Oh trust me, Crockhead, he did marry his first cousin. I live in Lancaster County, grew up Amish and married a man who grew up old order Mennonite. When I read the article I suspected right away that this guy was “35er.” They are a very small sect that frequently marries first cousins. The reason for this is their church has split so many times. They are splintered to the point that a “church might consist of only relatives. This also explains why the church community would not be able to help pay the bills. Very likely there isn’t much to his community other than family, and as the article states, they already have helped out. Another reason I believe he is of the 35er sect is because the article mentioned them not having electricity. The only groups that dress like the photos show are 35ers and Groffdale Conference. Groffdale Conference Mennonites have electricity and do not marry first cousins.
    The 35er group is generally looked down upon by other Mennonites. They are the Schwartzentrubers of the Mennonites, so to speak.

    • *
      Grace Related to the Hoover’s
      Comment on Related to the 35er's (July 23rd, 2012 at 18:58)

      Related to the 35er's

      I too know that the 35er’s married 1st cousin, Which I know a family that had many problems with there children, even death with so server handy capped. I think it should be a law that 1st cousin should not get married as even in generation it will afect. Which my relatives wood agree.and left the 35ers Which did splinder many times.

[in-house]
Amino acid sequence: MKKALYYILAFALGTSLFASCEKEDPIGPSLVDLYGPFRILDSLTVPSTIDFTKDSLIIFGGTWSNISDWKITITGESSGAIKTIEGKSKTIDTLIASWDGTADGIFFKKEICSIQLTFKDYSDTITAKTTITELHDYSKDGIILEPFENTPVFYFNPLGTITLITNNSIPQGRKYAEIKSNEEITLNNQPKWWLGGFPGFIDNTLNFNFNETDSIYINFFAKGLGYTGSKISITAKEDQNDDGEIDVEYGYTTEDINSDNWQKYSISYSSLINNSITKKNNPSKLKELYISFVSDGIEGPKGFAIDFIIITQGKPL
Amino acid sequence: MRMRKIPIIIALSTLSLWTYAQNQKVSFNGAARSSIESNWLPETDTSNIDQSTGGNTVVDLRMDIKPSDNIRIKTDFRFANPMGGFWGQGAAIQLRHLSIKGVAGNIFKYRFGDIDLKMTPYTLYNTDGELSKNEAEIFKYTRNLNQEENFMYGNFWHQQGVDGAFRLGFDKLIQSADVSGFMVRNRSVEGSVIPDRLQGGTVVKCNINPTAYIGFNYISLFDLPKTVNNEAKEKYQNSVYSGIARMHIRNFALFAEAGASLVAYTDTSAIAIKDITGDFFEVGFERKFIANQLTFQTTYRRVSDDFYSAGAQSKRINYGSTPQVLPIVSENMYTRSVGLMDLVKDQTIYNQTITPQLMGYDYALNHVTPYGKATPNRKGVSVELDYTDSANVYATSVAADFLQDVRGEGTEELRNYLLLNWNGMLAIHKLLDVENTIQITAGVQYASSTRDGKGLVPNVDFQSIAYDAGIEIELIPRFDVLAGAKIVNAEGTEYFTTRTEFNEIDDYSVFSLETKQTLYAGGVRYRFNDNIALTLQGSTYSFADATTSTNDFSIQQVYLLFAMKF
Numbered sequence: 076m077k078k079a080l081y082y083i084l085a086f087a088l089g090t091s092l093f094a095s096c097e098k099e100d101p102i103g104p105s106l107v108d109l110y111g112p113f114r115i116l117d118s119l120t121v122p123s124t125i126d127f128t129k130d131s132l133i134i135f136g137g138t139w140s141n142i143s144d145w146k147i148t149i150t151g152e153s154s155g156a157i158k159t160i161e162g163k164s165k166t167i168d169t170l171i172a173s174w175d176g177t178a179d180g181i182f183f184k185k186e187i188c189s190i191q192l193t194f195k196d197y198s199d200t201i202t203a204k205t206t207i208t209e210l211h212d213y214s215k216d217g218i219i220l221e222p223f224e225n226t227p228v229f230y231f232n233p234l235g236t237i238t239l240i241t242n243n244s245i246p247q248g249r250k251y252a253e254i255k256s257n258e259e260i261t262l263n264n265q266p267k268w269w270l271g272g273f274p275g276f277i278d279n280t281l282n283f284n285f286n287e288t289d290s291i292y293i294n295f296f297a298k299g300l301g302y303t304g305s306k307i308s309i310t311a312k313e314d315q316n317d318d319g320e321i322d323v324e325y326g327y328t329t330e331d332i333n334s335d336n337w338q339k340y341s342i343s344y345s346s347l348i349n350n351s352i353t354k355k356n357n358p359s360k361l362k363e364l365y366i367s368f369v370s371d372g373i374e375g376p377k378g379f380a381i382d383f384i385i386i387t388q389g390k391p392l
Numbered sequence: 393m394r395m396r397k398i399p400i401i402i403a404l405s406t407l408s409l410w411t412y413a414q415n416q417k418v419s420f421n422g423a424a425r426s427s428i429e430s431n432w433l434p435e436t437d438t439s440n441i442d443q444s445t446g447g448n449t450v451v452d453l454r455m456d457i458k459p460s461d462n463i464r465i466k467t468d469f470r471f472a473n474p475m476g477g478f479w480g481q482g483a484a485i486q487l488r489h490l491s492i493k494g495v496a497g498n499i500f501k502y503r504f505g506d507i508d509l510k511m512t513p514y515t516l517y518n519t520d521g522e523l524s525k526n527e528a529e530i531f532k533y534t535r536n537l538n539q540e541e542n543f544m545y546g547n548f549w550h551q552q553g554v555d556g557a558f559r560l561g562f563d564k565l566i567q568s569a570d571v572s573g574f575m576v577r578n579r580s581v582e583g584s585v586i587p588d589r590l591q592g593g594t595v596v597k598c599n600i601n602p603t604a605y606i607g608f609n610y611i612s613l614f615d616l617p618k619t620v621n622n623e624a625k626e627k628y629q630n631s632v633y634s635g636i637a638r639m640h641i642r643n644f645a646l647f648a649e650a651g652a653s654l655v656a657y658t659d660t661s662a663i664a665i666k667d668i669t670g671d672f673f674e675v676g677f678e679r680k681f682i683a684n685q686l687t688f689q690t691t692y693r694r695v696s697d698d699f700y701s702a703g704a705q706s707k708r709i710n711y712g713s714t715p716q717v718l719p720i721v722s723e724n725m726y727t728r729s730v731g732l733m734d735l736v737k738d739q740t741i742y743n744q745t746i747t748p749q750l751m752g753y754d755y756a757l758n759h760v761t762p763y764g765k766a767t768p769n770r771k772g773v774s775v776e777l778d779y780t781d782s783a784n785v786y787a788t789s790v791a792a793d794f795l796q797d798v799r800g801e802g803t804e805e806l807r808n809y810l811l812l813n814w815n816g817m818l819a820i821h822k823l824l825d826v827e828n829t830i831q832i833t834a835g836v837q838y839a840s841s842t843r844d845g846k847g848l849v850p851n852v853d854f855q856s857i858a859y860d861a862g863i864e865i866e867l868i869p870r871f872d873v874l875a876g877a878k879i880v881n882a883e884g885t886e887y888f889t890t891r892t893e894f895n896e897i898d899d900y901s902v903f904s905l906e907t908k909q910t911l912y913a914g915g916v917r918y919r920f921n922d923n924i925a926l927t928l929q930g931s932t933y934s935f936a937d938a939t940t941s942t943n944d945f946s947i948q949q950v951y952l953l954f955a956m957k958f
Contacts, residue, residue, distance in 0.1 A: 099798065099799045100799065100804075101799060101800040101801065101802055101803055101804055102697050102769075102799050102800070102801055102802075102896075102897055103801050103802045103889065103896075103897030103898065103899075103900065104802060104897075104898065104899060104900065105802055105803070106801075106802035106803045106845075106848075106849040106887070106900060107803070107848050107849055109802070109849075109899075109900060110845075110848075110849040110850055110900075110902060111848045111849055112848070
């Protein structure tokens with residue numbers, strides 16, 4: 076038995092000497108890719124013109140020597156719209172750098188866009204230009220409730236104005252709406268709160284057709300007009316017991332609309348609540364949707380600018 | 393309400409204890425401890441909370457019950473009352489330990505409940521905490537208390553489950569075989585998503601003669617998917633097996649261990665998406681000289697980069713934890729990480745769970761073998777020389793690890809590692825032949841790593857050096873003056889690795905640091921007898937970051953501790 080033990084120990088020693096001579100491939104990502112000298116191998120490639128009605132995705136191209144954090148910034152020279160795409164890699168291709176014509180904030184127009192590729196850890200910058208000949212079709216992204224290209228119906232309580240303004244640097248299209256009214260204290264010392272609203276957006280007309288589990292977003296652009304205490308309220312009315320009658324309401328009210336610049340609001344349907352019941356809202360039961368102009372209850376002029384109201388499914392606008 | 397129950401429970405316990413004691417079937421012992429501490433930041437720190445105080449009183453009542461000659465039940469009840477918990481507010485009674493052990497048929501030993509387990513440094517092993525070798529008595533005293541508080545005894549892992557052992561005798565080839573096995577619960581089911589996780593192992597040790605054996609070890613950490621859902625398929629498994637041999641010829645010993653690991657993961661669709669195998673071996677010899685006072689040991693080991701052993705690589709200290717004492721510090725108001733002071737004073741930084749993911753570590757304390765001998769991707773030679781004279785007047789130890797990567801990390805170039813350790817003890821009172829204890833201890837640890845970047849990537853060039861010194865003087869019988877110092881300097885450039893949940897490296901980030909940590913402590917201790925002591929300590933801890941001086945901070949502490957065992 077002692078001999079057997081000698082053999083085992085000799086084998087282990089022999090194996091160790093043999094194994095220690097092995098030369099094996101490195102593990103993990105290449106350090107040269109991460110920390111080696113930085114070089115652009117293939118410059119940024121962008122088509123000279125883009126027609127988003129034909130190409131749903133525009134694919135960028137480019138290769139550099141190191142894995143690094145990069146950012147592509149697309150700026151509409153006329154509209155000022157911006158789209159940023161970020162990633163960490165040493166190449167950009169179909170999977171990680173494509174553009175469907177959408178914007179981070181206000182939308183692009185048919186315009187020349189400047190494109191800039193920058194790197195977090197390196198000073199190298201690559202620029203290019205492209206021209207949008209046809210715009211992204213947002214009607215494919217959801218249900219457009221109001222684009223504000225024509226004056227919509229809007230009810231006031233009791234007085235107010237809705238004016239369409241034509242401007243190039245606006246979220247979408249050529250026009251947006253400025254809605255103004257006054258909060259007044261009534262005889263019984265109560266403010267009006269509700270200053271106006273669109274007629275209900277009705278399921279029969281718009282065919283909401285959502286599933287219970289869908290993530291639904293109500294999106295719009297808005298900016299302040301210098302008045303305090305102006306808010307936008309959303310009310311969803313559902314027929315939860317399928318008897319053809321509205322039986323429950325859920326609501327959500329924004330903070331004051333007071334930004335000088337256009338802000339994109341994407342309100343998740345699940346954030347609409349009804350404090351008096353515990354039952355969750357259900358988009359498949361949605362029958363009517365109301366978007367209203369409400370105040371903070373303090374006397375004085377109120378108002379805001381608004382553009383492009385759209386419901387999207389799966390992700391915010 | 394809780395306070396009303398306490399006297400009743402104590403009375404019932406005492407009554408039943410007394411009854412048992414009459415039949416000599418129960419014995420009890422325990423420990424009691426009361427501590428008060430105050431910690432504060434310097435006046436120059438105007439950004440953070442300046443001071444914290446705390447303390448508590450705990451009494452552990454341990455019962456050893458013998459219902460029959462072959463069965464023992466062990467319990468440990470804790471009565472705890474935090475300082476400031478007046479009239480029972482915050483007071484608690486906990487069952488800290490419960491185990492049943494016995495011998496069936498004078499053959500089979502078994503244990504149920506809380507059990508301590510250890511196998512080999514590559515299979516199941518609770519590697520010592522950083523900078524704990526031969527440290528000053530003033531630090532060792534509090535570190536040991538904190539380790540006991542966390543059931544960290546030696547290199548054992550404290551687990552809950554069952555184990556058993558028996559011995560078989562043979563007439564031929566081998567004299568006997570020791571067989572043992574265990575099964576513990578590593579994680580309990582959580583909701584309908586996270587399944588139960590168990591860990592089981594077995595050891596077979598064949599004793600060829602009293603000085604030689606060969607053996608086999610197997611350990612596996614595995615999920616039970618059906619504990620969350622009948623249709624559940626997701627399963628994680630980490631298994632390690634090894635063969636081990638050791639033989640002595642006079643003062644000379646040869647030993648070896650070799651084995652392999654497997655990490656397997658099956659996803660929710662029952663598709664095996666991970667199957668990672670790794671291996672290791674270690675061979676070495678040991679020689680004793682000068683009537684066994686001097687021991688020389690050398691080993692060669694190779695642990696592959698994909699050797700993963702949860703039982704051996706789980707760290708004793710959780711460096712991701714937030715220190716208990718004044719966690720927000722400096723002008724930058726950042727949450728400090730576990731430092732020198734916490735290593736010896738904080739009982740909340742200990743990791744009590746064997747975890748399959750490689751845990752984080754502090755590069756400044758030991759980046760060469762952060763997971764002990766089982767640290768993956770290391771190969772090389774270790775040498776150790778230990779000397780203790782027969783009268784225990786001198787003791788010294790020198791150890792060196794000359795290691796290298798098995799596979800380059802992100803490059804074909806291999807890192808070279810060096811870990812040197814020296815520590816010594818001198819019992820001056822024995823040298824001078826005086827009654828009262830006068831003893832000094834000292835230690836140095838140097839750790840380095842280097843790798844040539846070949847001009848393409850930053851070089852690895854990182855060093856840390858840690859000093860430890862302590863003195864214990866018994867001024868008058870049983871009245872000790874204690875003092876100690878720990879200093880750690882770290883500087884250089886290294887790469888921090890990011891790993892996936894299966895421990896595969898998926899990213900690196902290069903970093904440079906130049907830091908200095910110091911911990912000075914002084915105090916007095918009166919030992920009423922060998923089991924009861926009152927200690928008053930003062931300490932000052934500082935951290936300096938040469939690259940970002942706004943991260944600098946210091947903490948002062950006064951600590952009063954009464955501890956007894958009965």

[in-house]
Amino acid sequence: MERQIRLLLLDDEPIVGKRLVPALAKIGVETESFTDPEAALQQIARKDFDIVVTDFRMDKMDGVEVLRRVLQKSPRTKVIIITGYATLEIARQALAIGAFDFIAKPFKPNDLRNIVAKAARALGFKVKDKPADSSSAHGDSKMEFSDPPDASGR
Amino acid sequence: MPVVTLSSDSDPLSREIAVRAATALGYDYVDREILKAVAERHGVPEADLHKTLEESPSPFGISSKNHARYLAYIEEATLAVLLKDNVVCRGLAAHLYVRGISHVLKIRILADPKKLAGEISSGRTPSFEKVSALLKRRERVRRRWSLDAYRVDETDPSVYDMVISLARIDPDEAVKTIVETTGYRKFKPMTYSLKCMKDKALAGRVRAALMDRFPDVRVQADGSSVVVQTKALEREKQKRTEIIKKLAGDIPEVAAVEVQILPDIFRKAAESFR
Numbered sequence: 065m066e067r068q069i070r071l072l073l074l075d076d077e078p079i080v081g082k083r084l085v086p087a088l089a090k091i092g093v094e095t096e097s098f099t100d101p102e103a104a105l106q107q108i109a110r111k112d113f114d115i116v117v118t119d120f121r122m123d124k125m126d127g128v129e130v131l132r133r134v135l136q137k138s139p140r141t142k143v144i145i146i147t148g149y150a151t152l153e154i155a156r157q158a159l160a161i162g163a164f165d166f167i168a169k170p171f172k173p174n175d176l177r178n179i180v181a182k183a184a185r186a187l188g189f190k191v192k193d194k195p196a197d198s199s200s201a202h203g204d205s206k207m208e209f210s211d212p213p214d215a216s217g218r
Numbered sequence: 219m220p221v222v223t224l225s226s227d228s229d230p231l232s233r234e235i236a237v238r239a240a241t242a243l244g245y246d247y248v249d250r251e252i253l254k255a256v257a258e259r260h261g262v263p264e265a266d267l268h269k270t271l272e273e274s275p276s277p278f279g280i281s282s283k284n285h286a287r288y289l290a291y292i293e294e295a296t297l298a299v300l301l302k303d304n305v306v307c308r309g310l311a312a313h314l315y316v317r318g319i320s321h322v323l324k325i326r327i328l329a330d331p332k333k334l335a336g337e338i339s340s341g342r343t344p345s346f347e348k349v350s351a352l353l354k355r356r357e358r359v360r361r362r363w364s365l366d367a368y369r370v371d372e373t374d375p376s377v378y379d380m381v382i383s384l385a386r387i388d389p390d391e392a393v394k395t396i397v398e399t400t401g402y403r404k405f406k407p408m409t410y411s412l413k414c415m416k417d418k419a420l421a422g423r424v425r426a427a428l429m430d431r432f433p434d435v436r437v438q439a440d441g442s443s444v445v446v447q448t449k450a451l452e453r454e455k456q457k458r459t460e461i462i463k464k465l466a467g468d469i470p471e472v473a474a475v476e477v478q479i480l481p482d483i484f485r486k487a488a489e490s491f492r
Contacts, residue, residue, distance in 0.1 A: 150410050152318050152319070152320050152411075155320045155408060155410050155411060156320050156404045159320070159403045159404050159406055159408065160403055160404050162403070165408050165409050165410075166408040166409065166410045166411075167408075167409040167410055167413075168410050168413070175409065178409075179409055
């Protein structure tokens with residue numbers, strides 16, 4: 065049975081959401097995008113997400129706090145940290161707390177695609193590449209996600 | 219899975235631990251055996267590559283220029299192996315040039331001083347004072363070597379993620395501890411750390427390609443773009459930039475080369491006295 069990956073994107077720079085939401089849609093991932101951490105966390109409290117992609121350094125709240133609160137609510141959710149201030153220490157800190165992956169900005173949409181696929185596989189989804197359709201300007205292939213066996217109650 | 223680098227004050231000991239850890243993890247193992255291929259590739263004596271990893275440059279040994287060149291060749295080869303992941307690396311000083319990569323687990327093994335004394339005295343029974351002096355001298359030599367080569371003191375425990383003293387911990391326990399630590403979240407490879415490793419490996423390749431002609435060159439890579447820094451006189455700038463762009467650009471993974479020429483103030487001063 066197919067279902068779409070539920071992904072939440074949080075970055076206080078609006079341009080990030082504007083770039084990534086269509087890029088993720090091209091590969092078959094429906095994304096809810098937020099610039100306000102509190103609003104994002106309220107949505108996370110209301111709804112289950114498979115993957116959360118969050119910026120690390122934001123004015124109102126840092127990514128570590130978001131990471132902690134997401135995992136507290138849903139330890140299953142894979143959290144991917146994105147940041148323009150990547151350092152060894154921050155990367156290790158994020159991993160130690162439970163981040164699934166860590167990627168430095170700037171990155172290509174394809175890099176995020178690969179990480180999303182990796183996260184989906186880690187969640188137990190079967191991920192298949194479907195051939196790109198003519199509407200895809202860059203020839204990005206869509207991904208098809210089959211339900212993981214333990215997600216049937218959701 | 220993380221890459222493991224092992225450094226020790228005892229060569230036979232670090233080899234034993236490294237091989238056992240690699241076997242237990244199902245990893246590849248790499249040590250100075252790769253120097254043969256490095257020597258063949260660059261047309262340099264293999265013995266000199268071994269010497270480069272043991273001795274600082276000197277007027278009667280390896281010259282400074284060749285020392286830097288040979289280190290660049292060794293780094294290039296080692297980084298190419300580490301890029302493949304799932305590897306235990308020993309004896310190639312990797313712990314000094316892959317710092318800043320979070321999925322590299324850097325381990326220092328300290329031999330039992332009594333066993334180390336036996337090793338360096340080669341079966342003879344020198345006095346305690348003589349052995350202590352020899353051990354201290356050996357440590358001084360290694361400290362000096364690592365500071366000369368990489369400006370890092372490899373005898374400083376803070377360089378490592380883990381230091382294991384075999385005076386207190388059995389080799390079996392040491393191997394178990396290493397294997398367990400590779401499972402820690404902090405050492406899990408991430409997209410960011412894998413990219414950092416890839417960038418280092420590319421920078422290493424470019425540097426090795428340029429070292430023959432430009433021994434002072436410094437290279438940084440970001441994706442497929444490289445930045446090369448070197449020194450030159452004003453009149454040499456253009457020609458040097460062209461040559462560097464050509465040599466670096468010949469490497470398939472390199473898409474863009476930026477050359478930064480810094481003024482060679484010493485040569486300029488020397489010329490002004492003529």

• *
    Comment on First-cousin marriage and Old Order health issues (July 6th, 2008 at 17:20)

    I agree with the comments that it is sad that our rich nation has such a poor health care system. I stand corrected about the likelihood that Martin married his first cousin. Every Amish community, while seemingly alike to outsiders, has its own pecularities and the old orders which whom I am acquainted do not marry their first cousins. I still cannot muster up much sympathy for Mr. Martin, however, for the medical bills he owes. We have the system we have. Why should me be any more immune from having to use some of his millions of assets to pay his medical bills than a non-Amish person? Everyone’s lifestyle is impacted when they have to pay huge medical bills.